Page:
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S1_AJSLP-23-00269greenslade.pdf (7.68 kB)

Story grammar recovery: The first 2 years post-TBI (Greenslade et al., 2024)

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posted on 2024-02-14, 18:16 authored by Kathryn J. Greenslade, Elise Bogart, Joanna Gyory, Serena Jaskolka, Amy E. Ramage

Purpose: Narration within a story grammar framework requires speakers to organize characters and events logically. Despite abundant research characterizing narrative deficits following a traumatic brain injury (TBI), the evolution of narrative story grammar over the first 2 years post-TBI has rarely been explored. This study analyzed story grammar in complex narratives of adults with and without severe TBI to (a) examine between-group differences and (b) investigate longitudinal changes over the first 2 years post-TBI.

Method: Story grammar analyses of Cinderella narratives from 57 participants with TBI and 57 participants with no brain injury yielded measures of productivity (total number of episodes, total number of story grammar elements), elaboration (total number of elaborated–complete episodes, mean number of episodic elements per episode), and completeness (total number of incomplete episodes). Mann–Whitney U tests compared measures across groups; generalized estimating equation (GEE) models identified predictors of change, including recovery time (3, 6, 9, 12, and 24 months post-TBI) and demographic/injury-related characteristics.

Results: Between-group differences were statistically significant for all productivity and elaboration measures at 3, 6, and 9 months post-TBI; one productivity measure and one elaboration measure at 12 months; and none of the measures at 24 months. GEE models showed significant improvements in all productivity and elaboration measures over the first 24 months post-TBI, with educational attainment and duration of posttraumatic amnesia affecting recovery. Incomplete episodes only showed between-group differences at 12 months and did not capture recovery.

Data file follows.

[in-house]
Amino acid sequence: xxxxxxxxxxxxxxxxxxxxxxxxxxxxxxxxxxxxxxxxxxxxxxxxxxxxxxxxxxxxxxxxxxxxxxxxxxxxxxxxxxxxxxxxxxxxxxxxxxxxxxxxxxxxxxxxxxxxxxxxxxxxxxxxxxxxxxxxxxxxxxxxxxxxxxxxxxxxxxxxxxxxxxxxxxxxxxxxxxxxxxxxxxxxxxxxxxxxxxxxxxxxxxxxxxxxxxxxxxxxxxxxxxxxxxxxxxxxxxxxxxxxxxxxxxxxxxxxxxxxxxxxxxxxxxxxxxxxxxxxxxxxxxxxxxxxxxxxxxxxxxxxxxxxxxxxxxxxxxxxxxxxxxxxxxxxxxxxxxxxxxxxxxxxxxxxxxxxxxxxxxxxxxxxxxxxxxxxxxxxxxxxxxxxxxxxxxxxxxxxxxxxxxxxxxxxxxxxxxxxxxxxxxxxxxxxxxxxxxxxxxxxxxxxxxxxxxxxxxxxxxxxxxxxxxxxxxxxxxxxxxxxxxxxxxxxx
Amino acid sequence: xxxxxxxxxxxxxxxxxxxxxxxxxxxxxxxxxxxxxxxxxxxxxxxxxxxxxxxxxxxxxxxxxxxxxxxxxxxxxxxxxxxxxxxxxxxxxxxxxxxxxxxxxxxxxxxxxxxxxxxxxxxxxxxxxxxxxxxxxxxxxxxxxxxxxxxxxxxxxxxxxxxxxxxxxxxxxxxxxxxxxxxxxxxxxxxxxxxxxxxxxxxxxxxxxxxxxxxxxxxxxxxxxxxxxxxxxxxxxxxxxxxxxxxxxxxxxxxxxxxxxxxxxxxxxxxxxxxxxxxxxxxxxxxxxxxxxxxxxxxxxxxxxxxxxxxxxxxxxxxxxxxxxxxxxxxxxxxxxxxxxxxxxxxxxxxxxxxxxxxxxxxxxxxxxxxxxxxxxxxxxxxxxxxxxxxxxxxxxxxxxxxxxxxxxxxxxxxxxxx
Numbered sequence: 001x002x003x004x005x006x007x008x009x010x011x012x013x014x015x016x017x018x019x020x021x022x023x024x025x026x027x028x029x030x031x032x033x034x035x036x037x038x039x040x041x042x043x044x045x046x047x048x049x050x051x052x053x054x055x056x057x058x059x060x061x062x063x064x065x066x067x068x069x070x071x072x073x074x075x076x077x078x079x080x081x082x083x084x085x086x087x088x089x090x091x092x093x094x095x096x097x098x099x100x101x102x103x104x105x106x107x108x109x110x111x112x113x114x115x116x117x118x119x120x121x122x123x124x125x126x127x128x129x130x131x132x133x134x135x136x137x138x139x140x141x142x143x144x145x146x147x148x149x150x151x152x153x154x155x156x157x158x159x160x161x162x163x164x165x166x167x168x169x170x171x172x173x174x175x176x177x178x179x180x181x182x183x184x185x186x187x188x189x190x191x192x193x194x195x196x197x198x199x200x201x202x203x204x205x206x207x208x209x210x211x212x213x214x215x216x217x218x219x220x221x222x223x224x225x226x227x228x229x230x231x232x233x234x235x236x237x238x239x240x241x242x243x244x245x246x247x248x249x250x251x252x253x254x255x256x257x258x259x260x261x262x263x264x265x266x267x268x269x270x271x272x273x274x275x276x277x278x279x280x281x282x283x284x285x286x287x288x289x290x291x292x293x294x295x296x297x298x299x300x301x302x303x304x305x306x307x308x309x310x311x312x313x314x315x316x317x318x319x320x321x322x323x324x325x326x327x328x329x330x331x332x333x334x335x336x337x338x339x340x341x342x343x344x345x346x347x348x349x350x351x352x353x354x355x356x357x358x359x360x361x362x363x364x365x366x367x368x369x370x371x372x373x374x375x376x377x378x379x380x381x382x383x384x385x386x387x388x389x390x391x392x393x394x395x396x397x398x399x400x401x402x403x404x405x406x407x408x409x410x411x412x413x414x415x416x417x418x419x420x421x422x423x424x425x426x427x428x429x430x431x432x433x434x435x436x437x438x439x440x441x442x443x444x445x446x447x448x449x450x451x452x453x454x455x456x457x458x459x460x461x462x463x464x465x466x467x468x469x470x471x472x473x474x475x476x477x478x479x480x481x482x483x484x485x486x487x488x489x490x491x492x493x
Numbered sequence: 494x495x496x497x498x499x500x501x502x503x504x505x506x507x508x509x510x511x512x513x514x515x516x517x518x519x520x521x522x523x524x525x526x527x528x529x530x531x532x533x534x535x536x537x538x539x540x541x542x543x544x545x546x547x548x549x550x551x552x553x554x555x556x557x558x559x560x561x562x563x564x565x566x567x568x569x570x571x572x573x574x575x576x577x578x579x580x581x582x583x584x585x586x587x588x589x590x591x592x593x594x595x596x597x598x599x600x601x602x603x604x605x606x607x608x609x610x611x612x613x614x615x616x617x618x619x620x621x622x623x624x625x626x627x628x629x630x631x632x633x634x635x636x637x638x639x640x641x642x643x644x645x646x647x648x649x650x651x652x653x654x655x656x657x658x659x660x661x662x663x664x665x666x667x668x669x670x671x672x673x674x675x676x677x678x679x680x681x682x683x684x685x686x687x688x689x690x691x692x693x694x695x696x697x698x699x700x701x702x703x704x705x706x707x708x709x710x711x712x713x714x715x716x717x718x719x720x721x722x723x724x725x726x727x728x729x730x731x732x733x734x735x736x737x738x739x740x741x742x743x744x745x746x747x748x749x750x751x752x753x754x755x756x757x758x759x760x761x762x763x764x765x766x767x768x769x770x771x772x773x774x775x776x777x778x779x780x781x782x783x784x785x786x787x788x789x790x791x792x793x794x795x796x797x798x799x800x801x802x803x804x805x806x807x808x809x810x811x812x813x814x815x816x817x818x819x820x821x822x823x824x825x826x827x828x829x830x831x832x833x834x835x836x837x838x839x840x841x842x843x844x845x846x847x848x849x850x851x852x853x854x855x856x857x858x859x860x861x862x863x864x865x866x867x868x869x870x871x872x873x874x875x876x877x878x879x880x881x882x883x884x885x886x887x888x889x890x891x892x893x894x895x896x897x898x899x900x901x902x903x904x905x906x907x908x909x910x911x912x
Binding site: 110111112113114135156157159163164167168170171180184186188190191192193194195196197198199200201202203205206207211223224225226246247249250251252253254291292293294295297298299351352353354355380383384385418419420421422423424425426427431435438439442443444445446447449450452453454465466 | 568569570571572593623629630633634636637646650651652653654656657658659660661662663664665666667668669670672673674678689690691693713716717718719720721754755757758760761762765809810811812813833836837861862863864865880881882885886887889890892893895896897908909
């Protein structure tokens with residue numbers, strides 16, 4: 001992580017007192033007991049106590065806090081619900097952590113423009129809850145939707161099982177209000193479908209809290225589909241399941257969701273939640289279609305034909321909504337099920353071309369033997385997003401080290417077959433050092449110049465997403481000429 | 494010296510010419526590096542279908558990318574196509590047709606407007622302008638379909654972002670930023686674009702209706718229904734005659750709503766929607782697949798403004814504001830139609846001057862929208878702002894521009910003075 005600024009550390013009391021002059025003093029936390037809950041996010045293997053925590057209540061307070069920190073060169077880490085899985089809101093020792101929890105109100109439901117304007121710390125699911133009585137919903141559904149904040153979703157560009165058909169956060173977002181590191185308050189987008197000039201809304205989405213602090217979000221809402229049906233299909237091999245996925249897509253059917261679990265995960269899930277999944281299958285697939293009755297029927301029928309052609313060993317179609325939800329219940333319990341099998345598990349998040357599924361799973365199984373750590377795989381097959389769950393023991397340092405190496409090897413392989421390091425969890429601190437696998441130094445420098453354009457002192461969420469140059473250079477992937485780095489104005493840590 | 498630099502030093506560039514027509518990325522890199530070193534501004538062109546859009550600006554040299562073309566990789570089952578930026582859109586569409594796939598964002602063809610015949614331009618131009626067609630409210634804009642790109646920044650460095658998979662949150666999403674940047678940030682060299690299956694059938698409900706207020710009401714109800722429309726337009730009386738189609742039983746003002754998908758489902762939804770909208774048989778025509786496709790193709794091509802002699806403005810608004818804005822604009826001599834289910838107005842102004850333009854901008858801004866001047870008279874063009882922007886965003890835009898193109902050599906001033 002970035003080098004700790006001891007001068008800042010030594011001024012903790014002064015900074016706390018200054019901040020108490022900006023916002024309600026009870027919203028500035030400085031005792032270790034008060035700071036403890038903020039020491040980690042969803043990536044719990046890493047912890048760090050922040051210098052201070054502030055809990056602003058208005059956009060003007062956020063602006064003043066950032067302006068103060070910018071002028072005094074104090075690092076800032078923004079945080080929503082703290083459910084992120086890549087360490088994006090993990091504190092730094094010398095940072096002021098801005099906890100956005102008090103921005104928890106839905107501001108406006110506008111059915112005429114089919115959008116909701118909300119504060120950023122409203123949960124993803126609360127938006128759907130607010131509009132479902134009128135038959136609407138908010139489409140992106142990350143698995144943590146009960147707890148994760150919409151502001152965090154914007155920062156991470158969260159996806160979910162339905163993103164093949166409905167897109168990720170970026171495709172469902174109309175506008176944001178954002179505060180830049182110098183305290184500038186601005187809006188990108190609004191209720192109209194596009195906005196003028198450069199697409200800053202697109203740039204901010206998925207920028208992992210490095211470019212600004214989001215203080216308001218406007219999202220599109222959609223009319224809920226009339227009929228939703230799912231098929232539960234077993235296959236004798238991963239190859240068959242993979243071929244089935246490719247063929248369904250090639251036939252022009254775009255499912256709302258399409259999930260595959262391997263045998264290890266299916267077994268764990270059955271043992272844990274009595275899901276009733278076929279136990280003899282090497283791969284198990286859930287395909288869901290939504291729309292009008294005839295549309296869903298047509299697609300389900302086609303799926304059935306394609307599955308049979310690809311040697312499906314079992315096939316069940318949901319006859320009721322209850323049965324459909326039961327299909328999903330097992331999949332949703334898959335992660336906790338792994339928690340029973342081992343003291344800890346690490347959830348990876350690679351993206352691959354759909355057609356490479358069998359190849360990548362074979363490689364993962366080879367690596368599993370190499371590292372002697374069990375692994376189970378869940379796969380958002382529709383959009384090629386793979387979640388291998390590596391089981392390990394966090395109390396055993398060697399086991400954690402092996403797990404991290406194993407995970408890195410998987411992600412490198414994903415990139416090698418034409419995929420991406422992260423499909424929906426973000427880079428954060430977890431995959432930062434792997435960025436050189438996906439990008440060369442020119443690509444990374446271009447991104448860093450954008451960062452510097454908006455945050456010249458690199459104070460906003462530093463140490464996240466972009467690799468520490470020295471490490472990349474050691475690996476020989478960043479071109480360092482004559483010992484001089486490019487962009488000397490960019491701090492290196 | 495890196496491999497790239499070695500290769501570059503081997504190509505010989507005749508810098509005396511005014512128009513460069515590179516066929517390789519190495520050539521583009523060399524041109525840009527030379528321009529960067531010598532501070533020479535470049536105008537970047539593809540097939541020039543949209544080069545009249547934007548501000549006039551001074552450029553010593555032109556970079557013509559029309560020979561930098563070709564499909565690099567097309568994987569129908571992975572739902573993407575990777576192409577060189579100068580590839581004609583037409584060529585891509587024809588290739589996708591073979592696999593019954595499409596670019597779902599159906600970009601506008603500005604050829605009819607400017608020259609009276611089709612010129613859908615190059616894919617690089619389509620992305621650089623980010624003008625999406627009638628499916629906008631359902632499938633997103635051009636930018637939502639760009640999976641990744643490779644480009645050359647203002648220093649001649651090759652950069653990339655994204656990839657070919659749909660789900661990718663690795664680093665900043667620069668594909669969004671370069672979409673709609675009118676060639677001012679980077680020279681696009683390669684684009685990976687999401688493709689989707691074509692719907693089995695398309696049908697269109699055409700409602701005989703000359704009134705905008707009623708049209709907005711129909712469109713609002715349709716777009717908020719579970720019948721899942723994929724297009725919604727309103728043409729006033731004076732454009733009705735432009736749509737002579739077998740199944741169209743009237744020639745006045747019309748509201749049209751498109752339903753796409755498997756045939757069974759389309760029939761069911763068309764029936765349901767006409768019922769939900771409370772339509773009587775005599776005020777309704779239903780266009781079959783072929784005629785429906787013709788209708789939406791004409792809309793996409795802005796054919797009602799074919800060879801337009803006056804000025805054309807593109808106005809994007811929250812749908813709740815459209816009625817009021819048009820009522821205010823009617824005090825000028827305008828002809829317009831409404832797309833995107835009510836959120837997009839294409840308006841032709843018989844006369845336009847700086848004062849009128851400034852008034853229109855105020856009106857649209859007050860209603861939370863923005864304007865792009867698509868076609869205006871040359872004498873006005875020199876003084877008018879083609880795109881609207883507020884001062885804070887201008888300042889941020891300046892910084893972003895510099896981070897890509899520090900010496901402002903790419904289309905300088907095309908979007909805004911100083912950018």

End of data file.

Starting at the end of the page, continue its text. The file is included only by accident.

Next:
Conclusion: Productivity and elaboration are key story grammar variables that (a) differentiate complex narration in individuals with and without severe TBI and (b) capture narrative improvements over the first 2 years post-TBI.

Supplemental Material S1. Sex comparisons in the NBI group for each narrative variable.

Greenslade, K. J., Bogart, E., Gyory, J., Jaskolka, S., & Ramage, A. E. (2024). Story grammar analyses capture discourse improvement in the first 2 years following a severe traumatic brain injury. American Journal of Speech-Language Pathology, 33(2), 1004–1020. https://doi.org/10.1044/2023_AJSLP-23-00269

Funding

The TBIBank data used in this project were collected with support from a National Health and Medical Research Council grant (#632681, PI: Leanne Togher). The AphasiaBank database is supported by NIH-NIDCD R01-DC008524 (2022–2027, PI: Brian MacWhinney).

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